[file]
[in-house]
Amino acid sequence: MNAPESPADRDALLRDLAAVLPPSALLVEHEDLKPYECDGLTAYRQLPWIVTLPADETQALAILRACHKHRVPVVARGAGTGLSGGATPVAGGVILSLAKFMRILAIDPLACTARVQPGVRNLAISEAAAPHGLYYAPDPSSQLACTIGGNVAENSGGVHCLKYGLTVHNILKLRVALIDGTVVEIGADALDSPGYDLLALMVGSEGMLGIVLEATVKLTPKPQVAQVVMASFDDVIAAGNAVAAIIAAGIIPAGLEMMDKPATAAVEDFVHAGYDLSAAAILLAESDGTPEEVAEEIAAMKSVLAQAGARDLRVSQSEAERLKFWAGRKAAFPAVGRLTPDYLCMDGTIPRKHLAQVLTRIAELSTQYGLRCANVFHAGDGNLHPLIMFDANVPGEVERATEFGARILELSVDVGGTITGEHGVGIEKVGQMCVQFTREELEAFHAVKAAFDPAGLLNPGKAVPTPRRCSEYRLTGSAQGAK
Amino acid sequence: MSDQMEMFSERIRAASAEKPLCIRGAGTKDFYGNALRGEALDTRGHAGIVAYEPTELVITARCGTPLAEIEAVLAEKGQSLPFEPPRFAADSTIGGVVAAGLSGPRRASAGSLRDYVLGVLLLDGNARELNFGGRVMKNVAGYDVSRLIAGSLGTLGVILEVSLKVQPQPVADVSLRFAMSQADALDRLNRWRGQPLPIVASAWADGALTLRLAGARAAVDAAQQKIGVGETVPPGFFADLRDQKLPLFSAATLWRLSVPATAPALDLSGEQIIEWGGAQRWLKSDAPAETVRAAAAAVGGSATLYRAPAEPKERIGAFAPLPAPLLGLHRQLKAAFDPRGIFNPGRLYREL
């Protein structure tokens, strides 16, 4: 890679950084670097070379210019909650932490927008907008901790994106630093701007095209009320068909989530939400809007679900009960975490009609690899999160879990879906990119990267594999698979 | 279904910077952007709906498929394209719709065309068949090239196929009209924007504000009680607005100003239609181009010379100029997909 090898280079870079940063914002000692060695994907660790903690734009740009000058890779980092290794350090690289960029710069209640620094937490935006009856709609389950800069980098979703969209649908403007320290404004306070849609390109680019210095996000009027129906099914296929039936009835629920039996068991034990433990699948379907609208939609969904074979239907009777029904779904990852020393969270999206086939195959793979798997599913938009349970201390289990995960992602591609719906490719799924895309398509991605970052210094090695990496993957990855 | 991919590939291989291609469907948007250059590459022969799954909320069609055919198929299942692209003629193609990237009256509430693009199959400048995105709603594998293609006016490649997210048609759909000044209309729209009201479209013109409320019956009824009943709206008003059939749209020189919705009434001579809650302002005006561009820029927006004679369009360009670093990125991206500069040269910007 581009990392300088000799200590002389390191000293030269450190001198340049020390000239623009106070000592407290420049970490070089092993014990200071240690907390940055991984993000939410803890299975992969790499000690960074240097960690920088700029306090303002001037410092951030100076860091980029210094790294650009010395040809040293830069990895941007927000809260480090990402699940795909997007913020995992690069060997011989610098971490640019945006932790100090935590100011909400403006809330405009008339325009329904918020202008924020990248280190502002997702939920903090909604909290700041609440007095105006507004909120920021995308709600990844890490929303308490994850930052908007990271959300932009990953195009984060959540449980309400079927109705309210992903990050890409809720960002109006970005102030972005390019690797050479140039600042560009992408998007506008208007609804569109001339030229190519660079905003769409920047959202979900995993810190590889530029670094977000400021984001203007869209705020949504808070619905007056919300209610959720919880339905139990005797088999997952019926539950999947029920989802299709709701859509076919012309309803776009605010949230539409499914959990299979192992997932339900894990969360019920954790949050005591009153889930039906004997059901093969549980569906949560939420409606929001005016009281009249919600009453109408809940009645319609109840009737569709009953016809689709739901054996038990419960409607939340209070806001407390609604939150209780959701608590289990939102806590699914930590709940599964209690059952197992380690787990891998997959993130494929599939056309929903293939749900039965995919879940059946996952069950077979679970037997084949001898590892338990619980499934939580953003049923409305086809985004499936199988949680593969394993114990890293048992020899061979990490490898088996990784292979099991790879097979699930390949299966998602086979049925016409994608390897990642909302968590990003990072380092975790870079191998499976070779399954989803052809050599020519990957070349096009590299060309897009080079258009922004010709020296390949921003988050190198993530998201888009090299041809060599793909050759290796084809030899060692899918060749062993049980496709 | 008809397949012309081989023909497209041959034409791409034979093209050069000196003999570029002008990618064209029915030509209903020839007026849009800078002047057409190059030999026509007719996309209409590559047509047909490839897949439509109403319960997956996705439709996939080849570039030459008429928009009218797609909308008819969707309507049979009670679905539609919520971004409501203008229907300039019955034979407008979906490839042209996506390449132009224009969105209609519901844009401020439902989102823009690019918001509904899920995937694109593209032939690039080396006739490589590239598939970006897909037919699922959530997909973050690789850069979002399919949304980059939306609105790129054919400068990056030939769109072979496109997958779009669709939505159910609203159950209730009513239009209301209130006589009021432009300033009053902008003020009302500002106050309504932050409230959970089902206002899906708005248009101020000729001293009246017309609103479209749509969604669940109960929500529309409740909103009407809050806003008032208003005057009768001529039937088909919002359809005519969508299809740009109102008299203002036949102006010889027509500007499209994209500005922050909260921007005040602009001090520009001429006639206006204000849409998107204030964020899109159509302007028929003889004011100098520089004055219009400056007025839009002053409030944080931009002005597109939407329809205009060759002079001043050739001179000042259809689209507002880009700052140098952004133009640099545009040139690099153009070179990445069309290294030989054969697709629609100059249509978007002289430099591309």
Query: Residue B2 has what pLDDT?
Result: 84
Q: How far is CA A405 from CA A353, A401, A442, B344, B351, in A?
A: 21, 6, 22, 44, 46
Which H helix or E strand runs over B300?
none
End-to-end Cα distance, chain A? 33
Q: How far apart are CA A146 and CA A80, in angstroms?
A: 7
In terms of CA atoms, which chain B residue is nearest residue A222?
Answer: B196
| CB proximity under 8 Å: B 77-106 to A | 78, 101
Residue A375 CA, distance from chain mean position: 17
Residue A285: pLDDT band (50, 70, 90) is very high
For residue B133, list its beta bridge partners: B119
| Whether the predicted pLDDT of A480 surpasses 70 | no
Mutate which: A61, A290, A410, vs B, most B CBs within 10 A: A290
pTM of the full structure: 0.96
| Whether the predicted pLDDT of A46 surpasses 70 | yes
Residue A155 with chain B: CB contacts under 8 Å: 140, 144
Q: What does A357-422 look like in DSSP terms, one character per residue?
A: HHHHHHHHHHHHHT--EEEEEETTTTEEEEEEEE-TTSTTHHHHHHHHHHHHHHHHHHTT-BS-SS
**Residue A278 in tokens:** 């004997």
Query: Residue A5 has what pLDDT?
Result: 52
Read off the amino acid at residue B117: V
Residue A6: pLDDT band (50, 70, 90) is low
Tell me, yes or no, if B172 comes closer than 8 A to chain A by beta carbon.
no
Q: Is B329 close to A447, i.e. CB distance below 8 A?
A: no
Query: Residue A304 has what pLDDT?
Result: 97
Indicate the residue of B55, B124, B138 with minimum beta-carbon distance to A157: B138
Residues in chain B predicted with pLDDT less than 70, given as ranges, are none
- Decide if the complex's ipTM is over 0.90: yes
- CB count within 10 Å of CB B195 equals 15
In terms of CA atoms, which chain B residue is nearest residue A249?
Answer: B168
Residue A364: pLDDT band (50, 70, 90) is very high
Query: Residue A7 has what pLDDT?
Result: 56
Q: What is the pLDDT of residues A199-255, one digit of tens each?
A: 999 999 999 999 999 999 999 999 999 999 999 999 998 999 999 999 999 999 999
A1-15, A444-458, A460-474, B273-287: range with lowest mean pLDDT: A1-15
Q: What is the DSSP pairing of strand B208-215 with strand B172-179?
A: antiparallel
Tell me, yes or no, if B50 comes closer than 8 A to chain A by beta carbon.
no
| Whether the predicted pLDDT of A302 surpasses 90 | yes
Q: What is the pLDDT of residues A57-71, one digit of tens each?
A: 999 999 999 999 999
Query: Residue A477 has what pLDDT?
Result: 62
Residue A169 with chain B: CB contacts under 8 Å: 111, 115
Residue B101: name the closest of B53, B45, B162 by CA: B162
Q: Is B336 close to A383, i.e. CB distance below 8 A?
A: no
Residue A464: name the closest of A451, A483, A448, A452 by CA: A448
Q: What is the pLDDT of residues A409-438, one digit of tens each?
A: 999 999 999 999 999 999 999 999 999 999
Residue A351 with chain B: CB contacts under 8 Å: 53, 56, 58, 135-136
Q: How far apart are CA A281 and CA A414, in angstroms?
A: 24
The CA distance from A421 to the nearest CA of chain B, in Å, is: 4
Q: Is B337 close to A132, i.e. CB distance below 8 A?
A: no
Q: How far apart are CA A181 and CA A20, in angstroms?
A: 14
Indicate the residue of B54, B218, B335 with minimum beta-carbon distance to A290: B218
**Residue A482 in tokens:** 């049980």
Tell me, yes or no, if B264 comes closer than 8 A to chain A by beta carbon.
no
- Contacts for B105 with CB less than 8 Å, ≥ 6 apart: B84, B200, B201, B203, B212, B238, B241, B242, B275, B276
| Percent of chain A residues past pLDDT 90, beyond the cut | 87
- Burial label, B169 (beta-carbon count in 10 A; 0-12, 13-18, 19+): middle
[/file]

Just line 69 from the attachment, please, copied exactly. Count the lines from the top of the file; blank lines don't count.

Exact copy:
The CA distance from A421 to the nearest CA of chain B, in Å, is: 4